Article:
Zaheer makes the hard climb back to the top
On December 6 last year, Zaheer Khan bowled 16 innocuous overs in Kolkata, in a Test in which England went on to take the series lead. He also had to be hidden in the field. At the end of that day, Trevor Penney, the fielding coach of the team, faced the press. He was asked pointedly about Zaheer, particularly his lack of preparation to field as the bowler ran in. Penney didn't have many answers. It was clear even he didn't believe what he said: Zaheer was back to his best and he was fully fit.
The real answer came three days later. Zaheer was dropped. The message was loud and clear: if we are losing, we may as well lose with younger and fitter cricketers, especially in the bowling department. Zaheer was 34 then, notorious for being undercooked on comebacks and with a history of fitness-related issues. Things looked really bleak for Zaheer, especially with India winning their next series, against Australia, without him.
It would have been a sad end for a bowler as crafty as Zaheer had he bowled a bit in domestic cricket and faded away as an IPL star. Many an India quick has gone down that route. Zaheer, though, had fought his body for too long to not know the value of Test cricket. He put everything else aside, went on a long fitness programme that involved visits to Brive-La-Gaillarde and Bloemfontein, and came back and played in Shimoga and Hubli to prove his fitness. More nondescript venues followed. When his friend Sachin Tendulkar was playing his final series, Zaheer was plotting a way back at Sector 16 Stadium in Chandigarh and at Bandra Kurla Complex near Tendulkar's old house. The fire was there, it was acknowledged by the selectors, but they didn't pick him right away; they made him wait, told him he needed the Indian Test team more than the Indian Test team needed him.
The Indian Test team did need Zaheer, though. His guile, his experience, his fight, his cheek. And what a comeback it has been. He began with a 10-over first spell - split down the middle by the lunch break - of difficult questions for the South Africa top order. The pace remained up all through that spell. This was exactly what India needed after they had lost their last five wickets for 16 runs in the morning. Graeme Smith, for whom Zaheer said he need but turn up, was dropped on 19 during that spell. It was the belief, though, that that spell was still important during a period when India's 280 had started to look meagre. For the first time in two years, Zaheer bowled more than 20 overs in a day. And these were high-quality overs, the last one as intense as the first.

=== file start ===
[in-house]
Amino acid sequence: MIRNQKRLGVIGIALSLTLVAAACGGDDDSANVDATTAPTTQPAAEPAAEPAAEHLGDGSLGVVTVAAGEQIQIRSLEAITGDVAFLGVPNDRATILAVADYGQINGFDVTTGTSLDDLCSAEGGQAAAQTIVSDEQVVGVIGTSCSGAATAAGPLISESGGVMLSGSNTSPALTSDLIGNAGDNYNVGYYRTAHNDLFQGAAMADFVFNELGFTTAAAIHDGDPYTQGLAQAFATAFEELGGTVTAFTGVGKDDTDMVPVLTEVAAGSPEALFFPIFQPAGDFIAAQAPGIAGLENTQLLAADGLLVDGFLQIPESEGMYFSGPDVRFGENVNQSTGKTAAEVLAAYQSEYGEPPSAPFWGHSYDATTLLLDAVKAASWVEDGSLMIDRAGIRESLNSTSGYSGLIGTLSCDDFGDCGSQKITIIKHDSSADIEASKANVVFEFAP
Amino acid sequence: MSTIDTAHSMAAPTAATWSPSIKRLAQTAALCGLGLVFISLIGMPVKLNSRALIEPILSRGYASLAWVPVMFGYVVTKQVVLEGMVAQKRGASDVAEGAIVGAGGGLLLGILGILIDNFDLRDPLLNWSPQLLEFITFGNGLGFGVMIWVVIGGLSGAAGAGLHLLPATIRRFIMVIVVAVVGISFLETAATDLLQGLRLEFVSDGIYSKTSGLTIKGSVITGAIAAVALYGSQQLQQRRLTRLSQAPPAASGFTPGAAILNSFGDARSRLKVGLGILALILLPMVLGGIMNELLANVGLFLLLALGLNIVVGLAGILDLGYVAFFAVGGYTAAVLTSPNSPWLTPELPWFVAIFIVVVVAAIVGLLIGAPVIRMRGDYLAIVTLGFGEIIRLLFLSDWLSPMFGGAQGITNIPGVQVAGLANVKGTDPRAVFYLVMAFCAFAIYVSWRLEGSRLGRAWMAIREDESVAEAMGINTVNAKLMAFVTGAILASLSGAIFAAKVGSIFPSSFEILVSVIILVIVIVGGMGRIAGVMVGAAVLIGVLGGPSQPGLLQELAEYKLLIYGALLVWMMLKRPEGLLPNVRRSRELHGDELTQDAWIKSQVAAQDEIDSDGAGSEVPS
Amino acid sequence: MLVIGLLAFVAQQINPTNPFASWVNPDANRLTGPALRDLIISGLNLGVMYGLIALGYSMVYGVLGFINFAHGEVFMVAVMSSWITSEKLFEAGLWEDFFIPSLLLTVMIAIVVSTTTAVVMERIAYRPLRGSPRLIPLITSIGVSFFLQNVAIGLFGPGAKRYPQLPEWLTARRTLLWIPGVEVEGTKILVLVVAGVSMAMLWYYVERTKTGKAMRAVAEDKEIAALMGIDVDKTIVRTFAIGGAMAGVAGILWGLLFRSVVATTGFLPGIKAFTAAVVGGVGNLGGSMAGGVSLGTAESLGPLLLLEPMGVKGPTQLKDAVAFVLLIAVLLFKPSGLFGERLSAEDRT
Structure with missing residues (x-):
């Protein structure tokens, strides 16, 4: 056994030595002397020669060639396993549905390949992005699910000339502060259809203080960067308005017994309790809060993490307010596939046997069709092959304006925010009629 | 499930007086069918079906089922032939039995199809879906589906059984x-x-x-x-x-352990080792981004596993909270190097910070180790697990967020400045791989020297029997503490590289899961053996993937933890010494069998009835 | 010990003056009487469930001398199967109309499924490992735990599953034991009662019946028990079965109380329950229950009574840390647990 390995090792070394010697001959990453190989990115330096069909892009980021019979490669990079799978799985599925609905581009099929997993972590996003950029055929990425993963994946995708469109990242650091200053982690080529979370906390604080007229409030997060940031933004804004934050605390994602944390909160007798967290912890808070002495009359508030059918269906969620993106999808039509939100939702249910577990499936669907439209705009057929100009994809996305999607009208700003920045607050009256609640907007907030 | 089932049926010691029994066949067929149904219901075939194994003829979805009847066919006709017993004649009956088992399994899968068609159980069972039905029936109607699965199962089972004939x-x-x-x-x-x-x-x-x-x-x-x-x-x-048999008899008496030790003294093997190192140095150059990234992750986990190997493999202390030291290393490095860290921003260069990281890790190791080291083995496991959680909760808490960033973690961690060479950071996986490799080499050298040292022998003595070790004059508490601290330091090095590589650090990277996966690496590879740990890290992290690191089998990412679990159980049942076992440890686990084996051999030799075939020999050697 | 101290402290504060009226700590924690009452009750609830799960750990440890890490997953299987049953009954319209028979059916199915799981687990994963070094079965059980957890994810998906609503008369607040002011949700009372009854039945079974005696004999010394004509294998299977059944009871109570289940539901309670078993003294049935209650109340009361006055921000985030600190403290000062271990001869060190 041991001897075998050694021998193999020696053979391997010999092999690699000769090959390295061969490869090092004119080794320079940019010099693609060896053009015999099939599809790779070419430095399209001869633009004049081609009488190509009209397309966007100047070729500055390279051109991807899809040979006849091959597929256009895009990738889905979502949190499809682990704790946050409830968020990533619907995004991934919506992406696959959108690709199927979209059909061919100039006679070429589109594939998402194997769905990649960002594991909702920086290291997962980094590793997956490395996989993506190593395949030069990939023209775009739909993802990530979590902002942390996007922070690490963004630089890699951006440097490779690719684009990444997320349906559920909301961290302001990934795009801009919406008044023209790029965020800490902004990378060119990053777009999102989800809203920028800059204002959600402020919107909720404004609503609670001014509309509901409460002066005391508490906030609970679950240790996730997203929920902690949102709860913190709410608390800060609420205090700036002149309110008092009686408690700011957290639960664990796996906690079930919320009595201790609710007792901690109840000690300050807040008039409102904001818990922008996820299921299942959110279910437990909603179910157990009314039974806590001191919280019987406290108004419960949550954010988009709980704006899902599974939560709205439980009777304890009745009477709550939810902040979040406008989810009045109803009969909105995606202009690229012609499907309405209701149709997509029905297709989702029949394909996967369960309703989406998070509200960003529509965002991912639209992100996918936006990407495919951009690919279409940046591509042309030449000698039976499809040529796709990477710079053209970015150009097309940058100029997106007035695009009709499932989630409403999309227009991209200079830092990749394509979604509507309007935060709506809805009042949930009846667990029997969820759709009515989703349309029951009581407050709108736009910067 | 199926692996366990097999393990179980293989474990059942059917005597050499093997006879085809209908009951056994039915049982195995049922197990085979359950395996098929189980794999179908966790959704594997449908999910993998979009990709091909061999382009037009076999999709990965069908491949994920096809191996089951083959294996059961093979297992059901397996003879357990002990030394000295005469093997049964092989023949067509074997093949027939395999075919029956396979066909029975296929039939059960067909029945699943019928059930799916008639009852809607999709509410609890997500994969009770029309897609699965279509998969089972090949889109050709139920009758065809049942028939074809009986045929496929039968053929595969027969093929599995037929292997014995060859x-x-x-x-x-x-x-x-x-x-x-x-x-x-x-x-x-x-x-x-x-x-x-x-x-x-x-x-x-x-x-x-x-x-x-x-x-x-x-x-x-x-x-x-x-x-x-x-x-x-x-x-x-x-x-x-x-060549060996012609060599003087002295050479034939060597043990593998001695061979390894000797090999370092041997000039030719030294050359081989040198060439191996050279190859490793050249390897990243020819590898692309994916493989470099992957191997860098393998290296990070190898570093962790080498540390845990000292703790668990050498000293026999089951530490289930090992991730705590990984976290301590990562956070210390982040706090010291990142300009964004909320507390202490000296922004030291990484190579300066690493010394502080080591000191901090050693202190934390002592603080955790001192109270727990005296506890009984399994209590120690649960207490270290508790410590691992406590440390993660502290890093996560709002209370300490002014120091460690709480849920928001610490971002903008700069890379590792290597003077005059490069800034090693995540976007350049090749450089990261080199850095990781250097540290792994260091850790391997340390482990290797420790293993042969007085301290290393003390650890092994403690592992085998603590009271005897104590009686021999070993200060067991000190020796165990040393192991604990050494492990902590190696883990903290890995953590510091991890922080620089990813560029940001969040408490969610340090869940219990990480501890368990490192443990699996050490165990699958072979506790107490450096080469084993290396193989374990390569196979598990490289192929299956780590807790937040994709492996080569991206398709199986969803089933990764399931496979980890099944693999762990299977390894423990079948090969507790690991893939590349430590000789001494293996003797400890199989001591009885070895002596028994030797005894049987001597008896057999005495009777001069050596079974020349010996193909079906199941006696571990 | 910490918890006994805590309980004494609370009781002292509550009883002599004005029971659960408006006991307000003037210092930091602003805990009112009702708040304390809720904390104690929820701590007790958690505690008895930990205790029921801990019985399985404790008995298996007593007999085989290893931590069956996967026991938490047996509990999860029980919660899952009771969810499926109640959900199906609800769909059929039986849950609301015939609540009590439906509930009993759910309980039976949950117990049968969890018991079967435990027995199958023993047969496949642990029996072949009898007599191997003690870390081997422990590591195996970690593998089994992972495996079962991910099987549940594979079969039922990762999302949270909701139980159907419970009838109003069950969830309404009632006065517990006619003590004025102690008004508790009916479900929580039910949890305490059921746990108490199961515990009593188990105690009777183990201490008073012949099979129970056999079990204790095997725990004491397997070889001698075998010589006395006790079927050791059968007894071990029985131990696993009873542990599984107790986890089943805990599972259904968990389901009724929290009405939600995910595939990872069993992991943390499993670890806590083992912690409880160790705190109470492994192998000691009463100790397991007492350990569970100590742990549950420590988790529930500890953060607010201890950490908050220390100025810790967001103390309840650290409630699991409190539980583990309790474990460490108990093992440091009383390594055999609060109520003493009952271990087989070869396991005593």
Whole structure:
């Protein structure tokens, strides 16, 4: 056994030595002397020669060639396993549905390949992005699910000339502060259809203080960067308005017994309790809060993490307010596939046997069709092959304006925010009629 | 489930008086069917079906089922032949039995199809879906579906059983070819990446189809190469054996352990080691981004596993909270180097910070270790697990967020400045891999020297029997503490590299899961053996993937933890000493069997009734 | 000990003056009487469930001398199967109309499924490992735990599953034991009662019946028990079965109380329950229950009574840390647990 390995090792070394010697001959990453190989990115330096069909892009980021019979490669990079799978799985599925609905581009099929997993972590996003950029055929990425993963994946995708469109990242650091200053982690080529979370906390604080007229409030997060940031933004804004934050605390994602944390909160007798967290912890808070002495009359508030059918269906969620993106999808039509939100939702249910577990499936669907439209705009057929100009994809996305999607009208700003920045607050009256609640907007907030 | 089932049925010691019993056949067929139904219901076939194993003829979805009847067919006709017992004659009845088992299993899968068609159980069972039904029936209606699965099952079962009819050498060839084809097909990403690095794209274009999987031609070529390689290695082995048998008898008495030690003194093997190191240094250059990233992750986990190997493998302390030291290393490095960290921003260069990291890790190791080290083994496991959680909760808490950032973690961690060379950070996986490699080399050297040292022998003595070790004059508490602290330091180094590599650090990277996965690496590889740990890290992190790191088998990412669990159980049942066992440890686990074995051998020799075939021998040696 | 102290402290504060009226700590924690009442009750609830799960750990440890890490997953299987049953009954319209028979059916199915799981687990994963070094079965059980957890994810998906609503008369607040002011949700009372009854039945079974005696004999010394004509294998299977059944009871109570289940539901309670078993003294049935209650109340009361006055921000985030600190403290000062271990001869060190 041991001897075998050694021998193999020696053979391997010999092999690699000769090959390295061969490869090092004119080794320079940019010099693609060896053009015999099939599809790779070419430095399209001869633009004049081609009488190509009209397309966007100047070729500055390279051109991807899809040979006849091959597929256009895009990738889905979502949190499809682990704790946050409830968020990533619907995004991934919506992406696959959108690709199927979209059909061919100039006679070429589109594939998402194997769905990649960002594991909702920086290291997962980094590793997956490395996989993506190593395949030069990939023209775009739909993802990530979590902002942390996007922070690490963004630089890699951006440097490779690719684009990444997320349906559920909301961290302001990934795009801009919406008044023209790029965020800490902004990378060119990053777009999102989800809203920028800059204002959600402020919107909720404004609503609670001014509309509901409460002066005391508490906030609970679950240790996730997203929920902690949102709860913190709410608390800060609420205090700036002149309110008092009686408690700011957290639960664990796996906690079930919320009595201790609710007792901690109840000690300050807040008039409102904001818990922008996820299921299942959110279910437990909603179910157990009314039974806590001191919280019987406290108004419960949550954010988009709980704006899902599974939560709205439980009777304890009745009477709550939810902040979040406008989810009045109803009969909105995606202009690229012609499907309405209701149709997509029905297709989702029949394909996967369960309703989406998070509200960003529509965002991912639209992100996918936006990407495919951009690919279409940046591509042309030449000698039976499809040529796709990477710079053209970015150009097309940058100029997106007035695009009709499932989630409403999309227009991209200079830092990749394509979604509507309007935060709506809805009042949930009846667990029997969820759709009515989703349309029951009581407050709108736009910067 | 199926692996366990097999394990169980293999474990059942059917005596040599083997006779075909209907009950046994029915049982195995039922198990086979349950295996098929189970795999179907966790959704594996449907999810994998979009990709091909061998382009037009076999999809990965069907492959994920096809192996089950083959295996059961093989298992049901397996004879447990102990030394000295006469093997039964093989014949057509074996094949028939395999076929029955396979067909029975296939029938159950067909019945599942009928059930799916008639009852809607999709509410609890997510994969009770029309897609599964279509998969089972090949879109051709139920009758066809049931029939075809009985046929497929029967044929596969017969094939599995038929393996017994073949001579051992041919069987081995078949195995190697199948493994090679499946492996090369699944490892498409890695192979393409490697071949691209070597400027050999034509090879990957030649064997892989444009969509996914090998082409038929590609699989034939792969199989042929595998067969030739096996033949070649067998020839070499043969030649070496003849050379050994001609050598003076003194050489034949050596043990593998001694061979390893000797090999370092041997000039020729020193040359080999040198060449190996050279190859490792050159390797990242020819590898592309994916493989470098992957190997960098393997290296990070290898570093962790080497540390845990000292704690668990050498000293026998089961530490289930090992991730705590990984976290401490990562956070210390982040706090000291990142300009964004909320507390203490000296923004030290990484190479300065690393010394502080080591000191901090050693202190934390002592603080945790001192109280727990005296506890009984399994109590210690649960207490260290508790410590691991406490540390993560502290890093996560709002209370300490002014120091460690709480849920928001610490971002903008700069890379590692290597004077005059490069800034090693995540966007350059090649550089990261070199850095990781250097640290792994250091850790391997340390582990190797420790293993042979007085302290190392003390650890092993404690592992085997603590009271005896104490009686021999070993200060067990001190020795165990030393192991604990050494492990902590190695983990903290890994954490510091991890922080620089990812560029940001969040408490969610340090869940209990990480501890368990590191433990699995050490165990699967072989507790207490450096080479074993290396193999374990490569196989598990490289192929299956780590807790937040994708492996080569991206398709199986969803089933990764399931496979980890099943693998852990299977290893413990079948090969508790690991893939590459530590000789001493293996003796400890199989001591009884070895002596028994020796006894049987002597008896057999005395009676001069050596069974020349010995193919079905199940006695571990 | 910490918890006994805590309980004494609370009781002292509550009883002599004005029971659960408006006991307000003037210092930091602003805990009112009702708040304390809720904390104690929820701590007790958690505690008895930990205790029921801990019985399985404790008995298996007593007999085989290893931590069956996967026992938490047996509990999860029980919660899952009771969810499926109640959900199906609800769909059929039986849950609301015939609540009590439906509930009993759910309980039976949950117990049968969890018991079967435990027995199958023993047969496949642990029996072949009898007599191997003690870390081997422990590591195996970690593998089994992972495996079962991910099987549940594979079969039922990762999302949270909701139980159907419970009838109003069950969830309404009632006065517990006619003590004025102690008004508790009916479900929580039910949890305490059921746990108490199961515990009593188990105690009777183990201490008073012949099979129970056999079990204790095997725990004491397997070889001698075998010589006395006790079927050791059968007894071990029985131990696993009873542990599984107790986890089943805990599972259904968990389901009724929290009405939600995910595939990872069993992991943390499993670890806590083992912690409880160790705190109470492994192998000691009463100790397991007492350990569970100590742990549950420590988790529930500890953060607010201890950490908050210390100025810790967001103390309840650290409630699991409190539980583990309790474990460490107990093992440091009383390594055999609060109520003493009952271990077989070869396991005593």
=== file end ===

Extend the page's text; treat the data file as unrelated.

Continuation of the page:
The Zaheer threat was comprehensive. He got the ball to seam away from the right-hand batsmen, but cast the doubt with the few deliveries that went the other away. Smith never looked comfortable against him although he scored a fifty, and though his average of 31 against Zaheer - an opening batsman against an opening bowler - is not as bad as it is made out to be. The way he drew Smith across, inch by inch, making him play deliveries he wouldn't usually have tried to, and then trapping him in front with one that was full and straight, showed a sharp cricket brain at work. Zaheer also went round the stumps against the right-hand batsmen, consistently getting the ball to move away from them.
Zaheer was helped along by the two young quicks, who produced two double-breakthroughs, but by stumps on day one, India were facing a familiar problem: the thorny tail on overseas tours. It had happened so many times in the recent past that another such instance could not be ruled out even on this pitch. A catch was dropped, 67 had been added by Vernon philander and Faf du Plessis by stumps, and the game was in the balance. Philander began the next day with two boundaries. Bang, bang. That is usually the time India spread fields and wait for things to happen.
Once again, though, Zaheer put his hand up, and produced a beauty to get Philander. From round the stumps, angled in towards off, holding its line against the angle and taking the edge. He produced an even better delivery for du Plessis. A set of length balls outside off, moving away against the angle, was broken up by one that went with the angle so that du Plessis couldn't keep leaving them alone. Then, finally, he followed one, and edged it as it straightened.
In the process, Zaheer showed he cherished those 88 caps and 295 Test wickets so much he was prepared to make any sacrifice to add to them. He is now just one short of becoming only the second Indian quick to have taken 300 wickets. That is a big achievement for someone who plays on those Indian tracks, but these numbers still don't do justice to his contribution as a bowler and a mentor.
There was a nice moment after Zaheer bowled Morne Morkel with a yorker to end the innings. The rest of the team had left the field, but Zaheer waited for those two quick-bowling pals of his. Ishant and Shami had been fielding in deep positions and had lagged behind, but Zaheer went back to put an arm around them and walk off together. He probably wouldn't have known that this was the first time since Cape Town 2010-11 that India's quicks had taken all 10 wickets, but he would have felt that they had done something special.
They will know, though, that that can't be a one-off if they are to win this Test. They - especially Zaheer who has had the fitness cloud hanging over him - will also need to replicate this intensity over this year and the next - when India complete this tour, they tour New Zealand, England and Australia. If he reaches 100 Tests along the way, it will be a great achievement for Zaheer.
Sidharth Monga is an assistant editor at ESPNcricinfo